Both sides ready for battle over repeal of religious exemption for vaccines

State Rep. Jonathan Steinberg, of Westport, speaks during a news conference at the Morton Government Center, in Bridgeport on Aug. 5 . The news conference was held to announce that Fairfield Count has been selected to participate in the 2019 National Health and Nutrition Examination Survey.

HARTFORD — Parents opposed to repealing the religious exemption for childhood vaccinations say they will be at the state Capitol in large numbers on the opening day of the session Wednesday.

State Rep. Jonathan Steinberg, D-Westport, who co-chairs the committee that is expected to introduce the legislation, said Monday that they are working on a draft of the bill and will share it with committee members when it’s finished.

He said the bill would eliminate the religious exemption, which some lawmakers have started to refer to as the “non-medical exemption,” in accordance with guidelines from the Centers for Disease Control and Prevention.

Steinberg said they don’t plan to introduce legislation to mandate the HPV vaccine for seventh-graders, even though that is recommended by the CDC.

Steinberg said he expects that the Public Health Committee will vote to have a public hearing because even those without reservations about the bill understand the need for the public to weigh in. He said it takes a lot of time for everyone to express their viewpoint on an issue that has been this controversial, but he promised everyone will “have their three minutes.”

In March 2019, when the measles outbreak in Brooklyn, N.Y., was on everyone’s mind, CTNewsJunkie reported that the state Department of Public Health was sitting on school-level vaccination rate data, but was unable to release the information by statute.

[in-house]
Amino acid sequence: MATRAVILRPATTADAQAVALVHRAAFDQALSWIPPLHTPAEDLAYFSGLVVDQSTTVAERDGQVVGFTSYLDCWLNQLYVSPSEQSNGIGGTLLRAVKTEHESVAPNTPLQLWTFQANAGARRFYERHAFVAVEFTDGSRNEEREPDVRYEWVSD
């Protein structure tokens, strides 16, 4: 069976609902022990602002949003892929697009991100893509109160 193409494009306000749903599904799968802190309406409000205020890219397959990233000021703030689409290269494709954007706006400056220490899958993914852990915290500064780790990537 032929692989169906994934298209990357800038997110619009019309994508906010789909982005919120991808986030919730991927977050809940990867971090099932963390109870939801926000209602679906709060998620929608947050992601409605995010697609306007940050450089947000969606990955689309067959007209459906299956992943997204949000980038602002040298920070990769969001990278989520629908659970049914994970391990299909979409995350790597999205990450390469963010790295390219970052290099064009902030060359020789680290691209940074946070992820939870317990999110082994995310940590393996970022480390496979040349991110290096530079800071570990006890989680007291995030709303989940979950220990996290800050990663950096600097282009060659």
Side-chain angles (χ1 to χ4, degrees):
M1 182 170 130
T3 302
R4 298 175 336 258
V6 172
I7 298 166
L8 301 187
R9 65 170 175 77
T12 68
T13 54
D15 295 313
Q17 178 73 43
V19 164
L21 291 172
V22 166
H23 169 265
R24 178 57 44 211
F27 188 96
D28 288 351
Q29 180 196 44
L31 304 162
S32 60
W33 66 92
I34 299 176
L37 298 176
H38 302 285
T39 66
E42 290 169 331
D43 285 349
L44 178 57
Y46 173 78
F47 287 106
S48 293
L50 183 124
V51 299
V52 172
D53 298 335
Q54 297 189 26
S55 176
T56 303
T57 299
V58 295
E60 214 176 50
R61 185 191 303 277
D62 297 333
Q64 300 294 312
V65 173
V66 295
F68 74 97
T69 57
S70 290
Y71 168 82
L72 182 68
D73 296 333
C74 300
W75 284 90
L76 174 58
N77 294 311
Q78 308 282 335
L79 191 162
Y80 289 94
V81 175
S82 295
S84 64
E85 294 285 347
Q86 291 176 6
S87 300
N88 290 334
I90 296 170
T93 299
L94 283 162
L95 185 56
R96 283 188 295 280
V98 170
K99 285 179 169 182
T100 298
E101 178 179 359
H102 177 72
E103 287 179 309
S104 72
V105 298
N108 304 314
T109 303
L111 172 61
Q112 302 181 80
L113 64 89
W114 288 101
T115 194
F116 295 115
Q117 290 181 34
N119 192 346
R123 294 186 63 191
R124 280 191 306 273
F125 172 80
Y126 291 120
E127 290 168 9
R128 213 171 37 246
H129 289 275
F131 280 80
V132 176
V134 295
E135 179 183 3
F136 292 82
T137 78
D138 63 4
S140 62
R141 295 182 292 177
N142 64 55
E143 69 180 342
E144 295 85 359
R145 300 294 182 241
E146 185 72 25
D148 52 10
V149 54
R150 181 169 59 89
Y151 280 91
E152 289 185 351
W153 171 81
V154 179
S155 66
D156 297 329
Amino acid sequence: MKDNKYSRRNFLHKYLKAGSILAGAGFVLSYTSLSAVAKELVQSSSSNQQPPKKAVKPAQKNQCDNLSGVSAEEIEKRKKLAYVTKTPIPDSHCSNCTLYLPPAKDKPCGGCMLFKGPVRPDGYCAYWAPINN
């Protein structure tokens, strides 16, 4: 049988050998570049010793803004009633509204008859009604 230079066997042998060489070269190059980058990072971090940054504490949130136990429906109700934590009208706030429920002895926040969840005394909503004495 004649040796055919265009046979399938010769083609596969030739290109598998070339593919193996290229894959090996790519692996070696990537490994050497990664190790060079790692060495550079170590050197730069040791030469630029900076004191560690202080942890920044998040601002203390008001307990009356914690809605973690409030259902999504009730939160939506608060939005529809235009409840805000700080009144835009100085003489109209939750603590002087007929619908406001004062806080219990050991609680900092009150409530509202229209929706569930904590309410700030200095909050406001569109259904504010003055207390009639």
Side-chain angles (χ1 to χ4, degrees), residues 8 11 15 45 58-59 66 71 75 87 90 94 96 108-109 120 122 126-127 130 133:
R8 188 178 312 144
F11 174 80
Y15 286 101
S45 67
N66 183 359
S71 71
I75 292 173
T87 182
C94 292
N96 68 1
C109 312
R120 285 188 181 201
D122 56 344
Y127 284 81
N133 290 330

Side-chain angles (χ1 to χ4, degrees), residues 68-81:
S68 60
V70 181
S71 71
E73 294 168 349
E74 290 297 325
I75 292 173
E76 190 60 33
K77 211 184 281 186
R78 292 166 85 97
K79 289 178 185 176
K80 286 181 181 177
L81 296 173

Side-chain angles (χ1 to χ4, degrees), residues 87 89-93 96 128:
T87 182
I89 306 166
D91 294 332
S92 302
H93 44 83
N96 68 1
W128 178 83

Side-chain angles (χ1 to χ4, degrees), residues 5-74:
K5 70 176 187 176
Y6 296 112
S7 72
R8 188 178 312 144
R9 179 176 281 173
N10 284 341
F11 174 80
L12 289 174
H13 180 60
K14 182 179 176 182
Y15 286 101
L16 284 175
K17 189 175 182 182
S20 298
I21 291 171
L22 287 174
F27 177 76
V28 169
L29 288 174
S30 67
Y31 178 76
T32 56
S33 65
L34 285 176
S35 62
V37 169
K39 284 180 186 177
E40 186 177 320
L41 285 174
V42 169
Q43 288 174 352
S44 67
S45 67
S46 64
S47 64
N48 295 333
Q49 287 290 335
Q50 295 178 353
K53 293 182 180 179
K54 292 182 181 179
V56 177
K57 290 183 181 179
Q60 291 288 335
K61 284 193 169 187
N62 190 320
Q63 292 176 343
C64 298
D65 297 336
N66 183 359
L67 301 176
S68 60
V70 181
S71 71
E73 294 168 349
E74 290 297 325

At that point, legislators began advocating for release of the data, and House Majority Leader Matt Ritter, D-Hartford, promised a vote on removing the religious exemption within a year.

In the following months, the DPH released two years of school-level immunization rates, which showed a 25 percent increase in the number of children claiming the religious exemption to the measles, mumps, and rubella vaccine.

Based on additional interviews over the last several months, parents appear to be using the religious exemption in a variety of circumstances. In some cases, parents say they have opted out of all vaccines. In others, they may have opted out of a portion of the required vaccines. And some parents are vaccinating their children but are making use of the religious exemption because they don’t want to disclose their children’s immunization status to their school districts.

It was also clear from the data that the paperwork for some students had fallen through the cracks at some schools. Specifically, the number of immunized students, added to those who had used exemptions, did not add up to the total number of kindergartners and/or seventh-graders enrolled.

The MMR vaccine comes in two rounds, which are routinely recommended for children ages 12-15 months and again at 4-6 years. One dose of measles vaccine is about 93 percent effective at preventing measles when exposed to the virus. Two doses are about 97 percent effective, according to the CDC.

The data released in May showed that in the 2017-18 school year there were 109 school buildings in Connecticut in which MMR immunizations were below the CDC’s recommended herd immunity rate of 95 percent. In the 2018-19 school year, data for which was released in October, the total had increased to 149.

The overall statewide vaccination rate for MMR dropped from 96.5 percent in 2017-18 to 96.1 percent in 2018-19, based on revised data that the DPH had received from schools.

In an interview earlier this month, Ritter said the release of the data was a turning point for legislators.

“I think the data has been the single most important factor in getting Connecticut politicians to understand the serious nature of this problem,” Ritter said.

He said “you can find out the third-grade reading level at any school in the state. You should be able to know the kindergarten vaccination rate as well.”

Steinberg didn’t want to get into specifics about the legislation before his colleagues had a chance to review it. But he was able to confirm last week that the continued release of the school-by-school immunization data — which he said is important to the governor and the public health commissioner — would be part of the bill repealing the religious exemption.

Steinberg said the committee is focusing on the vaccines that the CDC requires, and is also following the lead of the DPH, which does not require administration of the HPV vaccine.